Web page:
Monday, August 29, 2011

Truck Through This. Big Love on the Big Road. By Michael Wagy.


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Being a CDL holder for a decade and a half, I have well over 2 million miles under my belt.

After all this while, one finds fewer and fewer elements found on the road that really are definable as representative of a "new" challenge-- or at least that’s what I thought.

But today, I find myself in a situation I have no solution to.
It's not typical of the normal obstacles I encounter.

You know, challenges such as the standard maxed-out pair of log books. Or the unexpected roadside DOT inspections, set up one mile ahead, and with no exits beforehand. Today I find myself not worried about tackling snow and ice without chains, or trying to influence the reliability of my bald recaps, keeping them from taking a trip on the wild side.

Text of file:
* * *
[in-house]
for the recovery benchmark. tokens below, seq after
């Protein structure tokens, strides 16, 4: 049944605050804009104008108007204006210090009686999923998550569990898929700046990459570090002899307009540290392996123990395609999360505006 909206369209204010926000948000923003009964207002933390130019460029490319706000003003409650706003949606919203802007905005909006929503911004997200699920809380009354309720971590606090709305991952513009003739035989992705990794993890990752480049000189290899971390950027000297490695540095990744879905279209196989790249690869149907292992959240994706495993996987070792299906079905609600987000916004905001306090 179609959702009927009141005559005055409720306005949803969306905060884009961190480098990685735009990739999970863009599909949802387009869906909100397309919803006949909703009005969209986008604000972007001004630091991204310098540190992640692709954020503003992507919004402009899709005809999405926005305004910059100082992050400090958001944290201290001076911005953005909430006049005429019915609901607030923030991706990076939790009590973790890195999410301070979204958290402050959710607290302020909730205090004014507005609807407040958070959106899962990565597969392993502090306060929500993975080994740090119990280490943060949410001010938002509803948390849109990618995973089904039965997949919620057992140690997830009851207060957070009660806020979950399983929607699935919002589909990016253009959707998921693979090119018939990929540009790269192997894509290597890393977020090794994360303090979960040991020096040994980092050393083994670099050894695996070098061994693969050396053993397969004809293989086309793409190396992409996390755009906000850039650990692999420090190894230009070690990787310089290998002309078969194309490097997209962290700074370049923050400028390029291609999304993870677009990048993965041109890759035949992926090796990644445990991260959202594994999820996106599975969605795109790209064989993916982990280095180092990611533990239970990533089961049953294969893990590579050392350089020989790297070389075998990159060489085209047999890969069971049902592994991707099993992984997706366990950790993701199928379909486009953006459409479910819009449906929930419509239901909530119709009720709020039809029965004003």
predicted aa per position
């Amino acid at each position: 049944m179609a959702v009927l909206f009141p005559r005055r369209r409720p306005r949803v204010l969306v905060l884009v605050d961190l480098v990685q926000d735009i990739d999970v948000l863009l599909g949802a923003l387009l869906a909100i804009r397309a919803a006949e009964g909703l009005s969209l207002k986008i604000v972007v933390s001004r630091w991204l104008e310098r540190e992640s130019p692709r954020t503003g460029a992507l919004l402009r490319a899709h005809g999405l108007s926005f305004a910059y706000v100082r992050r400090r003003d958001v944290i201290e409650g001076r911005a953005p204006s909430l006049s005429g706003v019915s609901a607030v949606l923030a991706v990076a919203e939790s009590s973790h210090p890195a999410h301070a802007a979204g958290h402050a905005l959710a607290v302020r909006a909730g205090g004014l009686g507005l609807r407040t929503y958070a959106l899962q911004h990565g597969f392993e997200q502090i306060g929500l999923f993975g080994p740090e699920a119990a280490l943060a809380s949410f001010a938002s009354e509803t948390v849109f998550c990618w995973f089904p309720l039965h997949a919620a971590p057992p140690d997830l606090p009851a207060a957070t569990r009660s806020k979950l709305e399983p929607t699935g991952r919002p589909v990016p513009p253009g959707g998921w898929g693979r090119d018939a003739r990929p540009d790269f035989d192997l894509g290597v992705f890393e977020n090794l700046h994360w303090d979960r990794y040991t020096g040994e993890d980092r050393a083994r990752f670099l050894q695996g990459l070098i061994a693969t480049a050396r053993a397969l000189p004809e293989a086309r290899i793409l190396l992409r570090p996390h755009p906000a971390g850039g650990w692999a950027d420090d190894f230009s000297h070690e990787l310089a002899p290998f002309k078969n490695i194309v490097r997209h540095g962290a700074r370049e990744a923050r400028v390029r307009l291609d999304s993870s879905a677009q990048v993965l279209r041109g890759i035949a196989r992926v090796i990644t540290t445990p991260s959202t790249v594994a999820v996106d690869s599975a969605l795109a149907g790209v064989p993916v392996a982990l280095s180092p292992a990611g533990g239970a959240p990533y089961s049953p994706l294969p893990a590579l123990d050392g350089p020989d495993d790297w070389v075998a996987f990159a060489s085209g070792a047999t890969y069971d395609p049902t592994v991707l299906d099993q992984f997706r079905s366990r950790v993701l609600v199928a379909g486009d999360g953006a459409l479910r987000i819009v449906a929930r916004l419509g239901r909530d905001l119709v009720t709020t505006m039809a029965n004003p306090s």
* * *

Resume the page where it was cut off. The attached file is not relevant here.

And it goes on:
Instead, my current midlife challenge is not even comparable to the worst of a trucker’s challenge: my trying to make it—in desperation--to the next rest area--hoping to find relief from the jalapeño and Pepper Jack Cheese Hot Dog I consumed earlier; the residual from that last ill-fated TA truck stop. Nor is this current challenge similar to finding out the same rest area is closed.

No, it's nothing like any of that. Those are dealt with easy enough. In fact, today, I'm not even in a "large Car". I’m just in a 4 wheeler. I parked my semi in Oklahoma and borrowed my daughter’s Dakota to drive all the way to Albequrque. I drove to meet another trucker. I drove toward something I can’t quite put my finger on but that I knew might change everything.